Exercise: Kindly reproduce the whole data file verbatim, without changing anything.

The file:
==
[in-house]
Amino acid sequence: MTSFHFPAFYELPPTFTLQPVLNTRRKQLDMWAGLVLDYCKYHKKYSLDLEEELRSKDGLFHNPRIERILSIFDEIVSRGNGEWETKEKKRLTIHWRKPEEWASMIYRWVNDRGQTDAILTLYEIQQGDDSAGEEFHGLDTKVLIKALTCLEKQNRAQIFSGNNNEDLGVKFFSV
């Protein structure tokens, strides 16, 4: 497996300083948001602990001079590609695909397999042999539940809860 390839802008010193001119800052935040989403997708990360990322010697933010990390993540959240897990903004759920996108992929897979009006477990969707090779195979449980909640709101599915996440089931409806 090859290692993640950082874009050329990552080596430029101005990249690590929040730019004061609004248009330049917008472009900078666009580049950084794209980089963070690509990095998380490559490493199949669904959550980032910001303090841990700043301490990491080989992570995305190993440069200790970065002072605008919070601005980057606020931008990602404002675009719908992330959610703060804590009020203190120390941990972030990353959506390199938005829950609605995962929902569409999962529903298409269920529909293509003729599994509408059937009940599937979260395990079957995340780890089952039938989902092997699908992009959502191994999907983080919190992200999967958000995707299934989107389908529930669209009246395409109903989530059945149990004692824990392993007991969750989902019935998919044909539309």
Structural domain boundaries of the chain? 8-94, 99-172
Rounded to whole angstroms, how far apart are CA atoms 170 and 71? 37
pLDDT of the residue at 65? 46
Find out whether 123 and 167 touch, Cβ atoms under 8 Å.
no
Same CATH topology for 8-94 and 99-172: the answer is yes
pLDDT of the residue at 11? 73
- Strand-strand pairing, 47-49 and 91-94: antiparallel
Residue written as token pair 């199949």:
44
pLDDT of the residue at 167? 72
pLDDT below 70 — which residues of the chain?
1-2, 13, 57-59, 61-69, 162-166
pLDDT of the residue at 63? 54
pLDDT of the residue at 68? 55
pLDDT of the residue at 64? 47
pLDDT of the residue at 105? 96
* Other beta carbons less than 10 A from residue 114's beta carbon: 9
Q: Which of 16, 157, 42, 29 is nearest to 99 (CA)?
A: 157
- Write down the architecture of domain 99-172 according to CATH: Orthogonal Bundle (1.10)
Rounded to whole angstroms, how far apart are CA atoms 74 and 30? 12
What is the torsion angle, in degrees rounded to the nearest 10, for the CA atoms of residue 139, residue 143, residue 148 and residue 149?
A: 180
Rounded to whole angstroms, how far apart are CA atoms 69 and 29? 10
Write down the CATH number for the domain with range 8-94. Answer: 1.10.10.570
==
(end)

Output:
[in-house]
Amino acid sequence: MTSFHFPAFYELPPTFTLQPVLNTRRKQLDMWAGLVLDYCKYHKKYSLDLEEELRSKDGLFHNPRIERILSIFDEIVSRGNGEWETKEKKRLTIHWRKPEEWASMIYRWVNDRGQTDAILTLYEIQQGDDSAGEEFHGLDTKVLIKALTCLEKQNRAQIFSGNNNEDLGVKFFSV
């Protein structure tokens, strides 16, 4: 497996300083948001602990001079590609695909397999042999539940809860 390839802008010193001119800052935040989403997708990360990322010697933010990390993540959240897990903004759920996108992929897979009006477990969707090779195979449980909640709101599915996440089931409806 090859290692993640950082874009050329990552080596430029101005990249690590929040730019004061609004248009330049917008472009900078666009580049950084794209980089963070690509990095998380490559490493199949669904959550980032910001303090841990700043301490990491080989992570995305190993440069200790970065002072605008919070601005980057606020931008990602404002675009719908992330959610703060804590009020203190120390941990972030990353959506390199938005829950609605995962929902569409999962529903298409269920529909293509003729599994509408059937009940599937979260395990079957995340780890089952039938989902092997699908992009959502191994999907983080919190992200999967958000995707299934989107389908529930669209009246395409109903989530059945149990004692824990392993007991969750989902019935998919044909539309």
Structural domain boundaries of the chain? 8-94, 99-172
Rounded to whole angstroms, how far apart are CA atoms 170 and 71? 37
pLDDT of the residue at 65? 46
Find out whether 123 and 167 touch, Cβ atoms under 8 Å.
no
Same CATH topology for 8-94 and 99-172: the answer is yes
pLDDT of the residue at 11? 73
- Strand-strand pairing, 47-49 and 91-94: antiparallel
Residue written as token pair 């199949």:
44
pLDDT of the residue at 167? 72
pLDDT below 70 — which residues of the chain?
1-2, 13, 57-59, 61-69, 162-166
pLDDT of the residue at 63? 54
pLDDT of the residue at 68? 55
pLDDT of the residue at 64? 47
pLDDT of the residue at 105? 96
* Other beta carbons less than 10 A from residue 114's beta carbon: 9
Q: Which of 16, 157, 42, 29 is nearest to 99 (CA)?
A: 157
- Write down the architecture of domain 99-172 according to CATH: Orthogonal Bundle (1.10)
Rounded to whole angstroms, how far apart are CA atoms 74 and 30? 12
What is the torsion angle, in degrees rounded to the nearest 10, for the CA atoms of residue 139, residue 143, residue 148 and residue 149?
A: 180
Rounded to whole angstroms, how far apart are CA atoms 69 and 29? 10
Write down the CATH number for the domain with range 8-94. Answer: 1.10.10.570